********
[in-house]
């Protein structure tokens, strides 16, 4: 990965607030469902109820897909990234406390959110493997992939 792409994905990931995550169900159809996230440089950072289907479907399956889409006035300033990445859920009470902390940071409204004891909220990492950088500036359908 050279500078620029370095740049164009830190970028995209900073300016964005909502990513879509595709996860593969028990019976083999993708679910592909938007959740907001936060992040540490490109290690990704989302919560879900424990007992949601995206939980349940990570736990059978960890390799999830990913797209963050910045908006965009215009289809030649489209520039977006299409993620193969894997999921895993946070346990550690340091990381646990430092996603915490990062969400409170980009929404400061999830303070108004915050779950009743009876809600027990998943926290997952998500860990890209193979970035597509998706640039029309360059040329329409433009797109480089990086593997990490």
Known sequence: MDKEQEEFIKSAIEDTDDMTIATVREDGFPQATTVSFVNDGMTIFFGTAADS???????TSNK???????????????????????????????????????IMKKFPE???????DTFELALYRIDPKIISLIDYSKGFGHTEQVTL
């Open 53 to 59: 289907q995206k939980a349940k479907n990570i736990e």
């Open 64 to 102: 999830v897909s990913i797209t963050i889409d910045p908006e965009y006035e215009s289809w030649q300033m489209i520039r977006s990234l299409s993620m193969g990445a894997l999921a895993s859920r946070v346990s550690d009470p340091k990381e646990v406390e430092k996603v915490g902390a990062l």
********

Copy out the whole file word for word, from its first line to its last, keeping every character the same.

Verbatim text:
[in-house]
């Protein structure tokens, strides 16, 4: 990965607030469902109820897909990234406390959110493997992939 792409994905990931995550169900159809996230440089950072289907479907399956889409006035300033990445859920009470902390940071409204004891909220990492950088500036359908 050279500078620029370095740049164009830190970028995209900073300016964005909502990513879509595709996860593969028990019976083999993708679910592909938007959740907001936060992040540490490109290690990704989302919560879900424990007992949601995206939980349940990570736990059978960890390799999830990913797209963050910045908006965009215009289809030649489209520039977006299409993620193969894997999921895993946070346990550690340091990381646990430092996603915490990062969400409170980009929404400061999830303070108004915050779950009743009876809600027990998943926290997952998500860990890209193979970035597509998706640039029309360059040329329409433009797109480089990086593997990490």
Known sequence: MDKEQEEFIKSAIEDTDDMTIATVREDGFPQATTVSFVNDGMTIFFGTAADS???????TSNK???????????????????????????????????????IMKKFPE???????DTFELALYRIDPKIISLIDYSKGFGHTEQVTL
């Open 53 to 59: 289907q995206k939980a349940k479907n990570i736990e």
């Open 64 to 102: 999830v897909s990913i797209t963050i889409d910045p908006e965009y006035e215009s289809w030649q300033m489209i520039r977006s990234l299409s993620m193969g990445a894997l999921a895993s859920r946070v346990s550690d009470p340091k990381e646990v406390e430092k996603v915490g902390a990062l």